Music file sharing site What.cd was shut down by French authorities on Thursday.
What.cd supported a close-knit group where users could torrent music as well as other files like e-books. Membership for the private community was invite only and users were expected to upload as many files as they downloaded. Authorities have been cracking down on illegal streaming sites and the end of What.cd follows the demise of other torrenting sites like What’s predecessor Oink.
Here’s what you need to know about the end of What.cd:
1. What.cd’s Admin Posted A Goodbye Message Taking a Line From “Hitchhiker’s Guide to the Galaxy”
What.cd’s administrator’s farewell note is all that’s left of What.cd. Here’s what the site reads:
Due to some recent events, What.CD is shutting down. We are not likely to return any time soon in our current form. All site and user data has been destroyed. So long, and thanks for all the fish.
The last line is the name of the fourth book of the “Hitchhiker’s Guide to the Galaxy” by Douglas Adams. The music sharing site Oink’s signed off with the same line when it was shut down a decade ago, according to The Verge.
2. One User Described What.cd as the ‘Library of Alexandria’ for Music
In an interview with Motherboard, a former What.cd member bemoaned the loss of the site. With French police suspected of closing the site, the former member said, “it was just burned down by a bunch of fanatics terrified of the knowledge contained within its hallowed halls.”
Since its launch in October 2007, the site has aggregated 1 million unique “music releases”, according to its Twitter account. The site’s admin told Motherboard that What.cd had about 480,000 registered accounts, a third of whom used the sites regularly and were in good standing. Following the site’s closure, Redditors reminisced over their valuable finds on What.cd and the implications for other torrenting sites.
“A VERY dark day for the private torrenting world has dawned today,” wrote Redditor Hackerpcs. “The biggest music collection ever, a place for inspiration for a lot of people, a big community has been forever lost. Just speechless.”
3. French Law Enforcement Are Believed to Have Shut Down the Site
French police are suspected of shutting down What.cd. French tech site Zataz Magazine reported that the National Gendarmerie, one of France’s two national police forces, shut down What.cd’s operation. On Thursday, the torrenting site’s Twitter account assured users that it had deleted all user data.
Torrenting can violate copyright restrictions and content owners have been known to pursue individual torrenters. Usually, your Internet Service Provider will be the first to serve you with a warning for illegally downloading content. Redditor aaah_youu praised the company’s respect for user privacy.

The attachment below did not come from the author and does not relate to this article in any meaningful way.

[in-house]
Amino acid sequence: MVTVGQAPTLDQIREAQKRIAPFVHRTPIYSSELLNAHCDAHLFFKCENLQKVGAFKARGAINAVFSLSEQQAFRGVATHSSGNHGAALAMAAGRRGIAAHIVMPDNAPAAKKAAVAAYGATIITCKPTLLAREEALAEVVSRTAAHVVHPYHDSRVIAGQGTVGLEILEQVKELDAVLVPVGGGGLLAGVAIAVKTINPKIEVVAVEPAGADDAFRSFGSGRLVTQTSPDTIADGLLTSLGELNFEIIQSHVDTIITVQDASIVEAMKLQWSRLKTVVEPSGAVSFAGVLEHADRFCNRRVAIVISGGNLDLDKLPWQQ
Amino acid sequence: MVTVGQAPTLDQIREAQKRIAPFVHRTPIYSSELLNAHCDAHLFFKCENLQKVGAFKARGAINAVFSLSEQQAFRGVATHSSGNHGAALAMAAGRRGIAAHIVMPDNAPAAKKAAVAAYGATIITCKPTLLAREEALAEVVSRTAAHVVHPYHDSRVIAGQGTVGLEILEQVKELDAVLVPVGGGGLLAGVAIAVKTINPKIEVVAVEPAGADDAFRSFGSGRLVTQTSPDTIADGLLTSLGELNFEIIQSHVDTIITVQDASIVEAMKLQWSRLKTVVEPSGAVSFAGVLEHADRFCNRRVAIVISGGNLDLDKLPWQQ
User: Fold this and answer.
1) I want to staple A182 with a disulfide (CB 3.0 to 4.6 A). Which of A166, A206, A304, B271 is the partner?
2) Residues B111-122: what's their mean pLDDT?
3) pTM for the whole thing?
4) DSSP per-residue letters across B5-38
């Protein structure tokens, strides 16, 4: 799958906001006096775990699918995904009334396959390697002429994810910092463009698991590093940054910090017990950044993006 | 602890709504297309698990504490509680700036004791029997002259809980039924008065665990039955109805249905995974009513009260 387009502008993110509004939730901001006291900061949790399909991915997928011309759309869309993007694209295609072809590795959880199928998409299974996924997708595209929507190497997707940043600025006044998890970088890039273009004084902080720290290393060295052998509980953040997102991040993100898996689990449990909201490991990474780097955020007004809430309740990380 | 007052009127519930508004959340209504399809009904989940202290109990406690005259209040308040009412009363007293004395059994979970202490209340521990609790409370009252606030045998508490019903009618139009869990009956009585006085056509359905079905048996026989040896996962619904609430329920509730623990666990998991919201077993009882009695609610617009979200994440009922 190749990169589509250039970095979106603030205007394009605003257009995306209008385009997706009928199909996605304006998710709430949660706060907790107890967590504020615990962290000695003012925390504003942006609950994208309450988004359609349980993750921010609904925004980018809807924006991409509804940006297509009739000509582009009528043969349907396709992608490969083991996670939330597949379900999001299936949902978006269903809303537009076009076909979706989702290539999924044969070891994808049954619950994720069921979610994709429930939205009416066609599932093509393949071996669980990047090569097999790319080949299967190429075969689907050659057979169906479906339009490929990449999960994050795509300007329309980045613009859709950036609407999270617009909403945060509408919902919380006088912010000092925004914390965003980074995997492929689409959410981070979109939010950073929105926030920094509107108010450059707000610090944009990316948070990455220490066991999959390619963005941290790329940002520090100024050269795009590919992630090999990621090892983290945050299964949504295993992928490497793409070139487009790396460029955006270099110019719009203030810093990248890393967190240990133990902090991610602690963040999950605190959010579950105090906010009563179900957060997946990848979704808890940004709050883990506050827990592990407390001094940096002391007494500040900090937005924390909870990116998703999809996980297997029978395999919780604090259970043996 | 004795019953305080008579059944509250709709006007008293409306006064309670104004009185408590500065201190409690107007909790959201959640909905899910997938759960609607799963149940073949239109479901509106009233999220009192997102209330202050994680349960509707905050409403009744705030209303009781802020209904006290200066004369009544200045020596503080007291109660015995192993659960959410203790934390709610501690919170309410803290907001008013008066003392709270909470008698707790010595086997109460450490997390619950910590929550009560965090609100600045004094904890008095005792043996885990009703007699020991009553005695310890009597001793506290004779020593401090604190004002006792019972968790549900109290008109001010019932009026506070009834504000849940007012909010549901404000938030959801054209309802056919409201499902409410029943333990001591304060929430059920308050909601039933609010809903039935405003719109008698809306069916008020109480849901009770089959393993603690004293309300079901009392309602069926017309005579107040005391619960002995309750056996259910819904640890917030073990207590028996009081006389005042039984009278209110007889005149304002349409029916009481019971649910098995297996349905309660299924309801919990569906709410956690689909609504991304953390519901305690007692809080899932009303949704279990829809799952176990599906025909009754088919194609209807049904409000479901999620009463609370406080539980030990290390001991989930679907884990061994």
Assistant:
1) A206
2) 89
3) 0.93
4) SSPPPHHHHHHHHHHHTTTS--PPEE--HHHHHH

“All user data has been destroyed.” Not only did they become a martyr to the PT world, but they respected user security until the very end. Good on you what.CD admins, may you go down in history as the best site for music ever made.
4. What.cd is the Successor to Oink’s Pink Palace, a Music Piracy Site that Shut Down a Decade Ago
The end of Oink’s Pink Palace in October 2007 marked the beginning of What.cd. Oink’s was closed after a joint British and Dutch raid that led to the arrest of a 24-year-old man, according to Reuters. The site allowed users to upload and download music before their release. Its user base of 180,000 could send donations using debit or credit cards.
One Redditor emily_waves, describes migrating over to What after Oink was shut down. The volume of music files in a variety of formats made What special, the Redditor said.
But only what.cd offered a massive amount of formats and qualities at the click of a button. While streaming and digital music has become convenient, they are still massively obsolete compared to what.cd.
5. Authorities Have Closed in On Torrenting Sites For Copyright Violations
The Internet has upended the music industry as users have found ways to share copyrighted content illegally. Music subscription services like Spotify have stepped in to control online music business, but plenty of alternatives exist for sharing music. What.cd used the BitTorrent protocol to facilitate the sharing of content.
However, a global crackdown on torrenting operations have scared some away from the activity. In July, the founder of BitTorrent directory KickAssTorrents, was arrested in Poland and has been charged with criminal copyright infringement in the US. At the time Assistant Attorney General Caldwell accused KickAssTorrents founder Artem Vaulin of running an operation that illegally distributed $1 billion of copyrighted content.
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